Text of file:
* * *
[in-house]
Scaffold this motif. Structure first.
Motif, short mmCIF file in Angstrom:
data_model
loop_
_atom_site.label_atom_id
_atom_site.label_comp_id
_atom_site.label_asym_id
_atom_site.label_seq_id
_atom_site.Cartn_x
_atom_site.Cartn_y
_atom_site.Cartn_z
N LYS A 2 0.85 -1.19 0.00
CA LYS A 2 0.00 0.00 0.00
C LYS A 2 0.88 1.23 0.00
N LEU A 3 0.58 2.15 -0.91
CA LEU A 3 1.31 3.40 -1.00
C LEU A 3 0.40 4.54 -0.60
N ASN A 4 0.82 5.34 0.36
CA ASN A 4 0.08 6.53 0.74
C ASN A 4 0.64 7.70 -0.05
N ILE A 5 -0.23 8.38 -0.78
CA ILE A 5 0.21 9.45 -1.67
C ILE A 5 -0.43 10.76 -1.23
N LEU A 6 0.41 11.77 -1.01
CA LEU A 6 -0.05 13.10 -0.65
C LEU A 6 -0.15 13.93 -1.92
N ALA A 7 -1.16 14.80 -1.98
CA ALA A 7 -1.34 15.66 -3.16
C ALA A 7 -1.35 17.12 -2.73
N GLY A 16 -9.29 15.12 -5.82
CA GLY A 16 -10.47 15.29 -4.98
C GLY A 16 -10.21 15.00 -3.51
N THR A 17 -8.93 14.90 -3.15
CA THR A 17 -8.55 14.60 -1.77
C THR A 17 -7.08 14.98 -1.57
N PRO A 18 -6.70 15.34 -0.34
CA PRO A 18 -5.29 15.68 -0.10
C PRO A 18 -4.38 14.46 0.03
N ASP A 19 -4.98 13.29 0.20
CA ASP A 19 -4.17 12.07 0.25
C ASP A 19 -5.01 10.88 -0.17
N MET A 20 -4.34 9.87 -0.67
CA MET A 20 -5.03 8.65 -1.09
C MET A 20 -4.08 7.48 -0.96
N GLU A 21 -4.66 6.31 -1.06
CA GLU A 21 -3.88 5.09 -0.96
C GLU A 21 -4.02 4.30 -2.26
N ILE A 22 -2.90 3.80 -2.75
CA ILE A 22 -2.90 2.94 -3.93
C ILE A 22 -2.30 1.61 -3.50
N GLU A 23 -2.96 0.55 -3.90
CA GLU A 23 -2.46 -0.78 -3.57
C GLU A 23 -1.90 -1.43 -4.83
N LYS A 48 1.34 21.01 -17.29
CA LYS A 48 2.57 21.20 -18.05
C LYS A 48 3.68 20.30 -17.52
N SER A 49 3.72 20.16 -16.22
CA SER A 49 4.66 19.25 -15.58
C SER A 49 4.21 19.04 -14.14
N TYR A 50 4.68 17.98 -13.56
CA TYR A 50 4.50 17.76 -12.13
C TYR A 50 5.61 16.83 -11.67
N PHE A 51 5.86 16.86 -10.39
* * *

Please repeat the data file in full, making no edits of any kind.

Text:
[in-house]
Scaffold this motif. Structure first.
Motif, short mmCIF file in Angstrom:
data_model
loop_
_atom_site.label_atom_id
_atom_site.label_comp_id
_atom_site.label_asym_id
_atom_site.label_seq_id
_atom_site.Cartn_x
_atom_site.Cartn_y
_atom_site.Cartn_z
N LYS A 2 0.85 -1.19 0.00
CA LYS A 2 0.00 0.00 0.00
C LYS A 2 0.88 1.23 0.00
N LEU A 3 0.58 2.15 -0.91
CA LEU A 3 1.31 3.40 -1.00
C LEU A 3 0.40 4.54 -0.60
N ASN A 4 0.82 5.34 0.36
CA ASN A 4 0.08 6.53 0.74
C ASN A 4 0.64 7.70 -0.05
N ILE A 5 -0.23 8.38 -0.78
CA ILE A 5 0.21 9.45 -1.67
C ILE A 5 -0.43 10.76 -1.23
N LEU A 6 0.41 11.77 -1.01
CA LEU A 6 -0.05 13.10 -0.65
C LEU A 6 -0.15 13.93 -1.92
N ALA A 7 -1.16 14.80 -1.98
CA ALA A 7 -1.34 15.66 -3.16
C ALA A 7 -1.35 17.12 -2.73
N GLY A 16 -9.29 15.12 -5.82
CA GLY A 16 -10.47 15.29 -4.98
C GLY A 16 -10.21 15.00 -3.51
N THR A 17 -8.93 14.90 -3.15
CA THR A 17 -8.55 14.60 -1.77
C THR A 17 -7.08 14.98 -1.57
N PRO A 18 -6.70 15.34 -0.34
CA PRO A 18 -5.29 15.68 -0.10
C PRO A 18 -4.38 14.46 0.03
N ASP A 19 -4.98 13.29 0.20
CA ASP A 19 -4.17 12.07 0.25
C ASP A 19 -5.01 10.88 -0.17
N MET A 20 -4.34 9.87 -0.67
CA MET A 20 -5.03 8.65 -1.09
C MET A 20 -4.08 7.48 -0.96
N GLU A 21 -4.66 6.31 -1.06
CA GLU A 21 -3.88 5.09 -0.96
C GLU A 21 -4.02 4.30 -2.26
N ILE A 22 -2.90 3.80 -2.75
CA ILE A 22 -2.90 2.94 -3.93
C ILE A 22 -2.30 1.61 -3.50
N GLU A 23 -2.96 0.55 -3.90
CA GLU A 23 -2.46 -0.78 -3.57
C GLU A 23 -1.90 -1.43 -4.83
N LYS A 48 1.34 21.01 -17.29
CA LYS A 48 2.57 21.20 -18.05
C LYS A 48 3.68 20.30 -17.52
N SER A 49 3.72 20.16 -16.22
CA SER A 49 4.66 19.25 -15.58
C SER A 49 4.21 19.04 -14.14
N TYR A 50 4.68 17.98 -13.56
CA TYR A 50 4.50 17.76 -12.13
C TYR A 50 5.61 16.83 -11.67
N PHE A 51 5.86 16.86 -10.39